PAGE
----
Bobby’s Choices: 5 takeaways from Salem Reporter’s series

It has been nearly two years since Salem police gunned down 16-year-old Bobby Brown in a shootout, leaving him dead on a city street. 

Bobby was wanted for two daytime shootings in downtown Salem that spring of 2022.

When officers moved in to arrest him, he shot at them from a car. He was killed within seconds.

Bobby represents a growing number of teenagers involved in deadly street violence in the capital city. 

Salem Reporter spent months trying to understand how this beloved teen who was close to graduating high school early ended up dying in a gunfight with police.

Five key revelations from the three-part series “Bobby’s Choices”:

  1. Bobby’s life began with challenges out of his control

Bobby was born with methamphetamine in his system and immediately went into drug withdrawal. Authorities promptly put him in foster care until he was adopted at age 4. 

Babies exposed to meth often become irritable, cry uncontrollably and struggle to bond with caregivers. 

Bobby’s inability to control his emotions and feelings of detachment from his adoptive parents persisted throughout his teen years.

When police moved in to arrest Bobby in July 2022, they set off flashbangs, used to disorient people. His adoptive mother, Heidi Fletemier, said that likely triggered a panicked fight-or-flight response from Bobby since he was exposed to meth before birth.

  1.  Bobby’s family repeatedly tried to get him help that wasn’t available

Fletemier, made several efforts to get him into treatment. But Oregon lacks the kind of help that he needed. 

When Bobby attempted suicide at 12 years old, he went on a waitlist for a children’s residential treatment clinic in Corvallis and never got in. The state has 304 licensed psychiatric residential beds for children across eight facilities. But none are in the Salem area and there is often a months-long wait for such care. 

Fletemier also asked Marion County to provide Bobby with intensive case management, which would’ve included counseling and allowed him to help create a plan for his behavior and schooling. She said the county declined, saying he wasn’t eligible. 

Reflecting after Bobby’s death, his adoptive mother said she couldn’t get the system to take her concerns seriously quick enough to get her son the help he needed.

  1. Bobby resisted and maneuvered around efforts to help him

As Bobby’s adoptive mom tried to find services for him, he kept running away from home. 

He spent about a year and a half in treatment out of state before his counselors believed he was ready to move back with his parents. Within months, Bobby ran from home again. 

He was later ordered into drug treatment but fled while being driven to the Portland facility. Two weeks after his probation officer, AJ Gosney, placed him at a treatment home in Coos Bay, he ran to a homeless encampment.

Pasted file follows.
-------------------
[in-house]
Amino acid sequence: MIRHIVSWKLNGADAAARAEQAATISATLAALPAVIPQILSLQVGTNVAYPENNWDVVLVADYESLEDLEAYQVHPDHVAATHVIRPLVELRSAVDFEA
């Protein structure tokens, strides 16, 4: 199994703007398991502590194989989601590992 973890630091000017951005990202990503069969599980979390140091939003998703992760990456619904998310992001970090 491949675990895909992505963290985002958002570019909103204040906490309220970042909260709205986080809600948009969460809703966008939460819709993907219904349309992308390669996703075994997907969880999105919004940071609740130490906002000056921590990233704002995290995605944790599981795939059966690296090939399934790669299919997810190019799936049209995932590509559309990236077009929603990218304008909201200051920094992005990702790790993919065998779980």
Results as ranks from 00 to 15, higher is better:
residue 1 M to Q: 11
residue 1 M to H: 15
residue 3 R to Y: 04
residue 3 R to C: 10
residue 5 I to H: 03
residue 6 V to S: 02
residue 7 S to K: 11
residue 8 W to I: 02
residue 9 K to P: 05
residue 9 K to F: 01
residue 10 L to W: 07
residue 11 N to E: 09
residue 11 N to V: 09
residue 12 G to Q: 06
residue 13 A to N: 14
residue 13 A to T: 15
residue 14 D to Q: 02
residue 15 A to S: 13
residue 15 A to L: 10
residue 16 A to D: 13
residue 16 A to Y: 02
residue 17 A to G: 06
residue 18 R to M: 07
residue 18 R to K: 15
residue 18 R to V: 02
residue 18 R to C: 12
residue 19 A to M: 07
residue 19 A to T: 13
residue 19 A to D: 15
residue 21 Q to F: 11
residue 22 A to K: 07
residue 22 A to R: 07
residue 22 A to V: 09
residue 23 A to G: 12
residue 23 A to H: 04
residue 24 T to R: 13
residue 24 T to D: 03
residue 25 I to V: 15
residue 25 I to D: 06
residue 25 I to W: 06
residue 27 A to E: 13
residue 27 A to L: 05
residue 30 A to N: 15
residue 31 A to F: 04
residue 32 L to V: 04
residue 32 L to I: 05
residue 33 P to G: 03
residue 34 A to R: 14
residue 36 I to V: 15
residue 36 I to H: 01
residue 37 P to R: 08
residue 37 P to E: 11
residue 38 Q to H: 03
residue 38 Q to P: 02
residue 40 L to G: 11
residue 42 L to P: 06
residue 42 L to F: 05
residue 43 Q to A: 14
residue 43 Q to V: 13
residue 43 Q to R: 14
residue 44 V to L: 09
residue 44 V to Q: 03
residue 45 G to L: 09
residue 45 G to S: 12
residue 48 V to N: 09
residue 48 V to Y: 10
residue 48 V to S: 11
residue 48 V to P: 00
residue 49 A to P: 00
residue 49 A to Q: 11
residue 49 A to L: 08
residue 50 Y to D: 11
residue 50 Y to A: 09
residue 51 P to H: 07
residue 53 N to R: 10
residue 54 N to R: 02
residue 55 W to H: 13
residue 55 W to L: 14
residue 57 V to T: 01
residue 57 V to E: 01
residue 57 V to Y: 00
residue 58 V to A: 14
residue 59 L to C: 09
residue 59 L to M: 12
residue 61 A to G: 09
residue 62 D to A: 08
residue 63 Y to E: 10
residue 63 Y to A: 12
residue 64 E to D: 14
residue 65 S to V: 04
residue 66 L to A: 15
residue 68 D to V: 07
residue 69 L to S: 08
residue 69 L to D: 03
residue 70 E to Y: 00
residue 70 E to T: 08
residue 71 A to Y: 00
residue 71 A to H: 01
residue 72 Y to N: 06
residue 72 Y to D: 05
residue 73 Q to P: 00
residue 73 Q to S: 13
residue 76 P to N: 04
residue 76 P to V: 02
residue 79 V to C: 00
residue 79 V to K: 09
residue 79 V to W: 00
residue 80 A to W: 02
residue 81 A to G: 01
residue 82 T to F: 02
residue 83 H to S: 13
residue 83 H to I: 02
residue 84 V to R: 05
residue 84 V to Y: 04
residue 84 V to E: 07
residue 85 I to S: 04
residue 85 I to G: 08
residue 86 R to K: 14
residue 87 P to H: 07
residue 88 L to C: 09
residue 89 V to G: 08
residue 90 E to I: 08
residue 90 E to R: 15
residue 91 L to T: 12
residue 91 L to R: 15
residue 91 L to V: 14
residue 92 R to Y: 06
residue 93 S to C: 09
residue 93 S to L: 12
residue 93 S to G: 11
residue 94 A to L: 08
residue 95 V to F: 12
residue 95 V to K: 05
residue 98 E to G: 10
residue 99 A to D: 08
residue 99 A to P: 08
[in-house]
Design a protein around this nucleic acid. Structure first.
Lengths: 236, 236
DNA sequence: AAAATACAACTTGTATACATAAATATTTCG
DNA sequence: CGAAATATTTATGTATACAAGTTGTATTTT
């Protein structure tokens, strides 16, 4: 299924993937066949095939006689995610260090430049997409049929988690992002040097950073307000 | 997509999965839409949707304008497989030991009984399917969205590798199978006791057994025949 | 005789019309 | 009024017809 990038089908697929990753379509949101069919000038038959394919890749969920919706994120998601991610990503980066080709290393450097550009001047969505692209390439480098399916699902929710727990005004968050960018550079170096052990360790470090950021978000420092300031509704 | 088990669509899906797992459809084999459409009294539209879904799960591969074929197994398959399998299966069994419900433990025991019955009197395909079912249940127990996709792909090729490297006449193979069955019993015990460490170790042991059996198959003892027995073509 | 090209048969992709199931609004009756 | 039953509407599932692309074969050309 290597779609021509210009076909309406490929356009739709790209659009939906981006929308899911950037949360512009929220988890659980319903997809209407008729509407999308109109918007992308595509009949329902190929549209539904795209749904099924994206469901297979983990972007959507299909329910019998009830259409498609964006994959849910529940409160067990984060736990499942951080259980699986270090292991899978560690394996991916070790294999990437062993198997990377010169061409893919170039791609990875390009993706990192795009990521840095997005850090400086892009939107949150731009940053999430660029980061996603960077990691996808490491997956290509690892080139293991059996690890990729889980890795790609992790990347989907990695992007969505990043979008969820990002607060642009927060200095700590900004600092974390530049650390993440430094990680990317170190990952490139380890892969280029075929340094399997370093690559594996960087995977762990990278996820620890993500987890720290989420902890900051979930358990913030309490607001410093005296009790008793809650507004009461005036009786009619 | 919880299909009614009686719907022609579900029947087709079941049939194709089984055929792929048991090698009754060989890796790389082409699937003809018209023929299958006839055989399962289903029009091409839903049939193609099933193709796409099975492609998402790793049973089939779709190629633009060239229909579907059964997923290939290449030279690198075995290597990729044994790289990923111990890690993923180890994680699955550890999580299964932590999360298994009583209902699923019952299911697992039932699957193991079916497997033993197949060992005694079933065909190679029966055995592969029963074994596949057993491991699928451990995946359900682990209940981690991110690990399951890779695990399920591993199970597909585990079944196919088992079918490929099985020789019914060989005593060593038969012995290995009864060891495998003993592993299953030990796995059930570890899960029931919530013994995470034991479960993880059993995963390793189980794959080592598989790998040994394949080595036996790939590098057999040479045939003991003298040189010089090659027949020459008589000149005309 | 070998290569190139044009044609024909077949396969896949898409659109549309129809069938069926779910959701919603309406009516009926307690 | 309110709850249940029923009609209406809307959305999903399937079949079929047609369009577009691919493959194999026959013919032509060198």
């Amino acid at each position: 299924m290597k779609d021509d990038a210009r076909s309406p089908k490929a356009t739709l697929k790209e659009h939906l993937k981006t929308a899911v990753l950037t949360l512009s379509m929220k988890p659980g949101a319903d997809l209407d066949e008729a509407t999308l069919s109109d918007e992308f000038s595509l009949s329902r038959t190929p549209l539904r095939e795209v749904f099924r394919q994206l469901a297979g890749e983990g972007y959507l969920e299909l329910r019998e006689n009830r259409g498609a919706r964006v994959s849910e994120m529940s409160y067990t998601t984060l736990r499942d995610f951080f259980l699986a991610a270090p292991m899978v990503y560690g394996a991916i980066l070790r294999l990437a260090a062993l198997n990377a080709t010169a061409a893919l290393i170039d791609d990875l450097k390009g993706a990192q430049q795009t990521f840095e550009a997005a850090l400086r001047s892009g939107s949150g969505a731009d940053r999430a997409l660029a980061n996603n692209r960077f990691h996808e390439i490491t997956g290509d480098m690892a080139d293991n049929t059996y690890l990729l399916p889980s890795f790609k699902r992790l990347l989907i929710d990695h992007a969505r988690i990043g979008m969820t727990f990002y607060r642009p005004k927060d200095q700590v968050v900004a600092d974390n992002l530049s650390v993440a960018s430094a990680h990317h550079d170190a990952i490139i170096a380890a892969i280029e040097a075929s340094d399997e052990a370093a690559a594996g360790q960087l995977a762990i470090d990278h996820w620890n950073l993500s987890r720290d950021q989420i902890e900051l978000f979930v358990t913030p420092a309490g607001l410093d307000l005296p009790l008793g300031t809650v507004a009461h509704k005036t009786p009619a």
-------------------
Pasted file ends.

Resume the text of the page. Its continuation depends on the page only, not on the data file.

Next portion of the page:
He was then sent to a youth correctional facility in October 2020, but Gosney said that Bobby was too smart for his own good as he progressed through the juvenile system. He learned from early interventions what to expect, what to do and what to say to wind down his restrictions. 

Within eight months, juvenile authorities concluded that Bobby’s improved behavior, grades and engagement in treatment justified releasing him from the most restrictive custody. Two months later in February 2022, he ran away for what would be the final time.

  1.  Bobby showed potential and was planning a fresh start before his death

Bobby demonstrated that he was interested in a healthier social life. Adult mentors always reported positive feedback, noting that he wanted to be a normal teenager who goes to high school and has a job.

 Juvenile authorities described him as smart, articulate and creative. At the time of his death, the high school junior was on pace to graduate early.

Even as Bobby was embroiled in deadly gang violence, he still had one eye on getting out of Salem and starting a new, ordinary life before his dreams were cut short. 

He’d gotten fed up with bad influences, who he realized were using him to do their dirty work, according to his friend. Bobby was saving money to move to Arizona with his girlfriend and start a pressure washing business. 

  1. Gang life influenced Bobby’s actions until his final moments

Bobby craved connection with peers, which made him the perfect target to be swept up by gangs, according to Gosney. 

He repeatedly ran from home to spend time at a homeless encampment in Wallace Marine Park. There, Bobby befriended a teen who was four years older and recruited him into his group, which was affiliated at the time with the Norteños gang. The last time he saw his adoptive mom, he declared, “I’m a third-generation gangbanger, mom. This is my destiny.”

A SWAT team moved in to arrest Bobby in July 2022, setting off flashbangs as he sat in a car with friends. 

Others in the car believed they heard gunshots and feared that gang members were ambushing them. They later wondered if Bobby thought the same as he leaned out of the car and started shooting, drawing return police fire.

Contact reporter Ardeshir Tabrizian: [email protected] or 503-929-3053.

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Ardeshir Tabrizian has covered criminal justice and housing for Salem Reporter since September 2021. As an Oregon native, his award-winning watchdog journalism has traversed the state. He has done reporting for The Oregonian, Eugene Weekly and Malheur Enterprise.